Senior Associate Editor Samuel K. Moore today reports from Washington, D.C., on a meeting of medical advisors to the Food and Drug Administration to consider the approval of a promising new therapy for patients with clinical depression who are unresponsive to conventional psychiatric treatments.
Samuel K. Moore
A panel of advisors to the U.S. Food and Drug Administration (FDA) today recommended against the government approving a new treatment for depression that uses powerful magnets to induce spikes of voltage inside the brain. The FDA makes the final decision, but the regulators have rarely gone against their advisors. The advisors do not actually vote for or against approval but were asked to give their consensus view on whether the device had met the FDA's main criteria: whether it was safe, effective, and that the ratio of risk to benefit for the new treatment was equivalent to treatment by a device already in use.
What Neuronetics Inc., the device's maker, needed was a slam dunk. What they delivered rolled around the rim a few times and then fell away. Under FDA rules, they had to prove that the risk-to-benefit ratio for their technology, repetitive transcranial magnetic stimulation (rTMS), was equivalent to that of a technology already in use, in this case electroconvulsive therapy. Electroshock carries a number of risks, not the least of which is memory loss, but it's also highly effective. In fact, it's the go-to treatment to snap patients out of serious depression when other treatments fail.
If Neuronetics ultimately succeeds with the FDA using this set of data, and it still can, though it seems unlikely, rTMS would join vagus nerve stimulation therapy (see our March 2006 cover feature "Psychiatry's Shocking New Tools") as one of only two medical devices approved by the regulators for a mental illness since it started ruling over such devices in the 1970s. (Electroconvulsive therapy was grandfathered into approval.)
The majority of the panel—made up of an engineer, several psychiatrists and neurologists, and a statistician—had no problem with rTMS's risks. There are almost none. The biggest worry with it is that it might accidentally spark a seizure, but that did not happen even once out of the 155 patients treated. The problem was that Neuronetics couldn't prove any benefit. Treated patients got a little better, but so did those patients that underwent a sham treatment.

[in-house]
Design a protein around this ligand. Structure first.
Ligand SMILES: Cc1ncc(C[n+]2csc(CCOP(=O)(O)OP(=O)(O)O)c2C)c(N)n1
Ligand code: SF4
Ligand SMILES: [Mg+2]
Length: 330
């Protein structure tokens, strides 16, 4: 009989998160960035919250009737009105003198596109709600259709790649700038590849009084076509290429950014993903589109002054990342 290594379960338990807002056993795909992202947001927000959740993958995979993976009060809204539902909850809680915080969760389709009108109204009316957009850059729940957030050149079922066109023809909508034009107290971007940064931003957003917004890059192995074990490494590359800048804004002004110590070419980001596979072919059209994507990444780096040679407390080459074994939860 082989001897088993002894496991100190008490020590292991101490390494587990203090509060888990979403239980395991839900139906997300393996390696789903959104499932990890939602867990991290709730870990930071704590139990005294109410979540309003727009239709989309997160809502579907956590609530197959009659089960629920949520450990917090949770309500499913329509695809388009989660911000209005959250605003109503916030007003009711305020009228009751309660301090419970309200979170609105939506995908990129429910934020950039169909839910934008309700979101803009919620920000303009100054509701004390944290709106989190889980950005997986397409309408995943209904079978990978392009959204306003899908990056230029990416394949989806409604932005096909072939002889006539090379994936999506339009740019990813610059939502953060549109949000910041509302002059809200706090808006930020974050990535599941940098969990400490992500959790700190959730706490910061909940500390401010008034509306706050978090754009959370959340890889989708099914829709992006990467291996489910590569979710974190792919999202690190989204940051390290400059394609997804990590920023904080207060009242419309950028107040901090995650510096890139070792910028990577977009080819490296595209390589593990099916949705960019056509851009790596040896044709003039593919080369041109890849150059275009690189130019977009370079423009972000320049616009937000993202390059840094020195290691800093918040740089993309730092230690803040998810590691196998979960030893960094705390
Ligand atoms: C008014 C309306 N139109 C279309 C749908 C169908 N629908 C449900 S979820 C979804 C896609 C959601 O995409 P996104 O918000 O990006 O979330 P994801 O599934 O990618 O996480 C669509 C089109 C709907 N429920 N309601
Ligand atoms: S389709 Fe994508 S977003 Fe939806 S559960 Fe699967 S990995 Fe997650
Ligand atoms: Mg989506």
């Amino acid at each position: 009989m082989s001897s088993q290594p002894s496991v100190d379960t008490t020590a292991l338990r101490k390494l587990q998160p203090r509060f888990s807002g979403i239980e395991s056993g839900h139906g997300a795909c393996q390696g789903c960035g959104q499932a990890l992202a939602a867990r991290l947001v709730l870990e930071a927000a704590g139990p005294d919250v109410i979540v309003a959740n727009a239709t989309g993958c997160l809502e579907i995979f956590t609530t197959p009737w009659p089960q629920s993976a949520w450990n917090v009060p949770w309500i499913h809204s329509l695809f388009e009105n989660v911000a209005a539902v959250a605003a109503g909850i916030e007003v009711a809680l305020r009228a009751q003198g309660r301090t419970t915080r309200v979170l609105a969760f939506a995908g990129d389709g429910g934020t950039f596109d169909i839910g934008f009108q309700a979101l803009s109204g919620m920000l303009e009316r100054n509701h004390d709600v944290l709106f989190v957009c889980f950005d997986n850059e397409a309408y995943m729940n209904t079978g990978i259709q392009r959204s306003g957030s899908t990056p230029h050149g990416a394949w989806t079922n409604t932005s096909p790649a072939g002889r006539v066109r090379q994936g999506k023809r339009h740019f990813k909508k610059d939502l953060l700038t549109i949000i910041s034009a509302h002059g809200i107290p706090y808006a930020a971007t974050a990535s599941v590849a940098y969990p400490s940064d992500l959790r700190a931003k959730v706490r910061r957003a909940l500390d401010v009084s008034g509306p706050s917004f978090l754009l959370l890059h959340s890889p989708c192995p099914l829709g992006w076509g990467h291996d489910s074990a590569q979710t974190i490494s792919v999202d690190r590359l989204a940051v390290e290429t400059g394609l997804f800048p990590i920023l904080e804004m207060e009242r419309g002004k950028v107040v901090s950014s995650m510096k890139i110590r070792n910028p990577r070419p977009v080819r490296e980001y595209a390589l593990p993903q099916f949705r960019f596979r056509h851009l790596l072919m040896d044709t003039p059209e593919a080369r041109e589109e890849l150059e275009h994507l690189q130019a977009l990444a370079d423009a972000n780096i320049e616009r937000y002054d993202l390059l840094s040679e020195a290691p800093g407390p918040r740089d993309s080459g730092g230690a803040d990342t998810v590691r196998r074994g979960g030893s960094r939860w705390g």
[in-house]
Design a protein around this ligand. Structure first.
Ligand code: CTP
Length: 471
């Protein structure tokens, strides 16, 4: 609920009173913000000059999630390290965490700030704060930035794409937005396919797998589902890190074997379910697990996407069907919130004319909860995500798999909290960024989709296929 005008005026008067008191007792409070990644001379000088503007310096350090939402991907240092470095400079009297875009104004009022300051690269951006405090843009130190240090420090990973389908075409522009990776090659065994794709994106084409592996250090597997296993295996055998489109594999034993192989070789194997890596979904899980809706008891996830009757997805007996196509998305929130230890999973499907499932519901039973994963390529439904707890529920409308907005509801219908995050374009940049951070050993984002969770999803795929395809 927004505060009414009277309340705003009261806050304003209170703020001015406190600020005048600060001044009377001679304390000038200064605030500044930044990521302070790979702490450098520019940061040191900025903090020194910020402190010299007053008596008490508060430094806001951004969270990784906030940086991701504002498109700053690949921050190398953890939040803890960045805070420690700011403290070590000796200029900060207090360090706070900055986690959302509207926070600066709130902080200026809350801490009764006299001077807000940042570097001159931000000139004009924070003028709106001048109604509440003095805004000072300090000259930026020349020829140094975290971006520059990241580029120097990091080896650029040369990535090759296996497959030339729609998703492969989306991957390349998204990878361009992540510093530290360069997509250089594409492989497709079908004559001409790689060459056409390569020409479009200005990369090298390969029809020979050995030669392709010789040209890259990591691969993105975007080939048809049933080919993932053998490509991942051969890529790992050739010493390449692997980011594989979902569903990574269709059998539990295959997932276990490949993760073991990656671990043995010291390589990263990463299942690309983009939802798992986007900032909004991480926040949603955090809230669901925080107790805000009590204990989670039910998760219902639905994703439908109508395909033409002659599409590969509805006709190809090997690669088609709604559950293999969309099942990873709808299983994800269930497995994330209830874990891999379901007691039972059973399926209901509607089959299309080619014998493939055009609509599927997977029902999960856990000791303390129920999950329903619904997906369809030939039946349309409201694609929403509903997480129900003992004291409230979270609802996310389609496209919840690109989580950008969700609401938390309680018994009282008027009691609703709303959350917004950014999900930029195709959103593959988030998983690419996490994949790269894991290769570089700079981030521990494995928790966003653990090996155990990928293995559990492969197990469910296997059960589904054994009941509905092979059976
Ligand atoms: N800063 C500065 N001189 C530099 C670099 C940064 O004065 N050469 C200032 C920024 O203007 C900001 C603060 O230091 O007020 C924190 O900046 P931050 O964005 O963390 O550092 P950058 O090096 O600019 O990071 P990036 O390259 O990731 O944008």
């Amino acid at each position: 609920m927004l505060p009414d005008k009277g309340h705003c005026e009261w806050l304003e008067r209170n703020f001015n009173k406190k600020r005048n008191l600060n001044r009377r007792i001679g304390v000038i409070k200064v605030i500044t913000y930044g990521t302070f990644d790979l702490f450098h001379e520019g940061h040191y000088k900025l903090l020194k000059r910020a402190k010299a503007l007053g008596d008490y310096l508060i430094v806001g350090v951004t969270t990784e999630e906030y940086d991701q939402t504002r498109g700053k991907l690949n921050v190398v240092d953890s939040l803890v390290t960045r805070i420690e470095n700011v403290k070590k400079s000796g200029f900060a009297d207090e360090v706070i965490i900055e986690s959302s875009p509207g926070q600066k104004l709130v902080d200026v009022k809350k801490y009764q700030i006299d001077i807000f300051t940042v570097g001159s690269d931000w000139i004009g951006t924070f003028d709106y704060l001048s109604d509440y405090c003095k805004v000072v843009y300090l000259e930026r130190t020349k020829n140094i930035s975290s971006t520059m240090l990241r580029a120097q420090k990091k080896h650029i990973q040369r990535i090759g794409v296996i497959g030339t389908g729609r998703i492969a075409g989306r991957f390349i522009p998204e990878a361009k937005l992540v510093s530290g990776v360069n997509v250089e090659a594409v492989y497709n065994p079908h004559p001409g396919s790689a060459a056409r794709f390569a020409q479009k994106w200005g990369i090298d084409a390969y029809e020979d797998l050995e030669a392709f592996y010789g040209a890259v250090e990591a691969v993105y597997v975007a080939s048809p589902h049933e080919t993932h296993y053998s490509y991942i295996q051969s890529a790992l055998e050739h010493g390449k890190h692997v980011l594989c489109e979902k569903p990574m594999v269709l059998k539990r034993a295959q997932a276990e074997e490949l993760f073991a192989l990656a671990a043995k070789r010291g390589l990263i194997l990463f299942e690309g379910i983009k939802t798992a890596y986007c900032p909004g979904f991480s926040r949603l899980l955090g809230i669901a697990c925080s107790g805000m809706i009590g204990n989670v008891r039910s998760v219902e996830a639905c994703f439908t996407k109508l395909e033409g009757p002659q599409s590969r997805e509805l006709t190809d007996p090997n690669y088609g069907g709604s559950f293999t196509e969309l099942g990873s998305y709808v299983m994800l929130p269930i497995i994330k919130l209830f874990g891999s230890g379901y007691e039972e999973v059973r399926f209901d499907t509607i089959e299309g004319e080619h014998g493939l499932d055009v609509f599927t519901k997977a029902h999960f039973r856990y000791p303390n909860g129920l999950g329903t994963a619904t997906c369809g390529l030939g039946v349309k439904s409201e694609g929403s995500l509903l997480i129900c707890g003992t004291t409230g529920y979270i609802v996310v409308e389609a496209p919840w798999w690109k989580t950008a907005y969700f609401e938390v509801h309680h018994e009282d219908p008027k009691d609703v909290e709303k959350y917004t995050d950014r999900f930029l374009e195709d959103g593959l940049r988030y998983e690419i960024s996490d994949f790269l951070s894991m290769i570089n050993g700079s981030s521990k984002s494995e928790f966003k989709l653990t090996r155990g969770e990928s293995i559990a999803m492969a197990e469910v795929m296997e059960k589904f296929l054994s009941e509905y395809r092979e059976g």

The big problem boiled down to a decision the company made in its trial design years ago. There are three main tests used by clinicians to determine how depressed a patient is and whether they are getting better—MADRS, HAMD17, and HAMD24 (MADRS is the Montgomery Asberg Depression Rating Scale and HAMD is the Hamilton Depression Score). They're all questionnaires that the physician answers about a patient, such as what the patient's mood is or how often they fixate on suicide. The doctor answers each question with a number. All three tools are widely used in clinical trials of antidepressant drugs, as well as to determine whether a patient qualified—that they were depressed enough but not too depressed—for the trial. The doctors administering the trial had to fill out all three and didn't know which was most important to the study—the primary outcome.
Neuronetics used the HAMD24 to determine who should go in the study but the MADRS as the primary outcome. More specifically, they were looking for a significant improvement in treated patients versus those who got the sham. Wouldn't you know, the MADRS result was just shy of being statistically significant and the HAMD results were significant.
Neuronetics tried parsing the data this way and that, but ultimately to no avail. In what seemed a response to an impromptu plea by Columbia University psychiatrist Sarah H. Lisanby, several panel members admitted that they thought there was "a signal" in the data—that the device was having some effect. But even those panelists said they were not comfortable with the size of the signal. Their advice to Neuronetics: Try again.